The Federal Reserve on Wednesday approved a quarter-percentage-point hike in interest rates to a range of 4.5%-4.75%. That was the smallest rate hike in a year, and one that had been telegraphed by many Fed officials. In addition, the Fed’s statement left in language that it saw “ongoing increases in the target range” — which means more than one hike is still planned.
This was a fairly hawkish setup for Fed Chairman Jerome Powell’s press conference, which followed a half hour after the policy move was announced.
Read: Fed lifts interest rates, foresees only ‘couple more hikes’
Powell’s comments resulted in easier financial conditions, reflected in lower bond yields
higher equity prices
and a weaker dollar
Here are four takeaways from the question-and-answer session:
Powell resists locking horns with the market
Against the expectations of many, Powell did not repeat his previous concern about easy financial-market conditions.
“Financial conditions have not changed much since our December meeting. We’re just going to have to see how fast inflation comes down. Our forecast is that it will take longer to achieve and we’ll have to keep rates higher for longer, but we’ll see,” Powell said.
In an interview, Carl Tannenbaum, chief economist at Northern Trust, said he sensed Powell’s language “was a little bit less strident than he had been in December, when I think he almost sounded annoyed that credit conditions had eased and he almost sounded like the markets were working at cross purposes.”
Derek Holt, head of capital market economics at Scotiabank, said Powell’s answer “was far short of having much conviction in your own forecast, and markets seized on the moment.”
Holt, who thinks fighting inflation is a long game, said Powell’s lack of conviction might have been deliberate in terms of his views or greater uncertainty on the market, or perhaps not his best performance.
“My general impression is that recent illness notwithstanding, he left his ‘A’ game behind back in December,” Holt said in an email to clients. Powell came down with COVID last month.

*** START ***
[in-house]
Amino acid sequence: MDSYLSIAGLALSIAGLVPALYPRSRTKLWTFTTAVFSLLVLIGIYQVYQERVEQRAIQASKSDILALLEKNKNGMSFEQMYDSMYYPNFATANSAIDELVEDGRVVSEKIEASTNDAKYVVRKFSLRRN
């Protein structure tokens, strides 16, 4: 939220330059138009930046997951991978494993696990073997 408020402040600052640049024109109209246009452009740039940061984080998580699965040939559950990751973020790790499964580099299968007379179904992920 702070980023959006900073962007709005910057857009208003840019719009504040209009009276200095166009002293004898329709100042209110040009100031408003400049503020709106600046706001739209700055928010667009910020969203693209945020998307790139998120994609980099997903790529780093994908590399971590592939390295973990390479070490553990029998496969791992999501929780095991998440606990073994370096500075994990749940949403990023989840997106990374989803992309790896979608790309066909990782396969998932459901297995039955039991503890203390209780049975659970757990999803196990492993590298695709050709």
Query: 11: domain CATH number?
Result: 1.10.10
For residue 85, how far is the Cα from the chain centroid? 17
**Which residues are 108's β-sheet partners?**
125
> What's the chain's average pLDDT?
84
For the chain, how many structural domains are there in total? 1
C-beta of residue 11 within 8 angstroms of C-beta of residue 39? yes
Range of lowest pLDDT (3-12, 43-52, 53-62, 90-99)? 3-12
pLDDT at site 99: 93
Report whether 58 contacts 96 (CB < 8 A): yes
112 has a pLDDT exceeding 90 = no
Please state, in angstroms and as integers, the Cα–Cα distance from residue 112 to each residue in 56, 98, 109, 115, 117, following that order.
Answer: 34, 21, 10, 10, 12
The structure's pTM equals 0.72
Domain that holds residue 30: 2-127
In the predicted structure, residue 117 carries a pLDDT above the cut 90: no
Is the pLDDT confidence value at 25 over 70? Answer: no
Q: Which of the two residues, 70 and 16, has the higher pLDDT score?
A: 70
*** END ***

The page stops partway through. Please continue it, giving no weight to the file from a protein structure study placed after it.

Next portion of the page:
A rate hike in March seems like a sure bet, but after that, all bets are off
Powell’s comments at his presser led economists to believe that another quarter-point hike in March was a done deal.
“March is pretty certain,” said Joseph Gagnon, senior fellow at the Peterson Institute for International Economics, in an interview.
If the inflation data continues to improve by May, then the Fed might pause
On the other hand, if the data “is mostly good,” they will do a hike at the May 2-3 meeting, Gagnon added.
Michael Gapen, U.S. economist at Bank of America Securities, agreed.
“Today’s FOMC communication raise a distinct risk that the Fed hikes once more in March and pauses at a target range of 4.75%-5.0%,” Gapen said, in an email to clients.
Tannenbaum of Northern Trust said that he thought Powell’s personal forecast might be for two more rate hikes. However, Tannenbaum thinks the Fed might stop after the next move in March.
Powell ducked a question about whether the Fed talked about the conditions that needed to be in place for a pause in rate hikes, saying that reporters should wait for the minutes of the meeting in three weeks.
Holt said “that kind of comment is flagging the risk that they did indeed discuss a potential pause, arriving at some point, and so we will closely watch the minutes.”
A sense of relief that inflation is starting to go the Fed’s way
Many economists said their main takeaway from the minutes was a sense of relief at the Fed that inflation is starting to move lower.
“Powell sounded decidedly less hawkish than he has in a long time,” said Aneta Markowska, economist at Jefferies, in an email.
“Their inflation forecast isn’t being constantly blown out of the water on the high side. That’s something they are probably very happy about,” Gagnon said.
Powell didn’t pound his shoe about the forecast of no rate cuts this year
Fed officials stressed in the minutes of their December meeting that none of the 19 top officials were projecting any rate cuts this year.
But the market has been pricing in two cuts by the end of the year.
In his remarks, Powell seemed to open the door for rate hikes this year, economists noted.
“I don’t see us cutting rates this year, but if we do see inflation coming down more quickly then that will play into our views. We’ll have to see,” Powell said.
Tannenbaum said Powell was taking a measure of satisfaction that the trend is heading in the right direction.
There was a point where the Fed no longer trusted its forecasts for inflation, he said.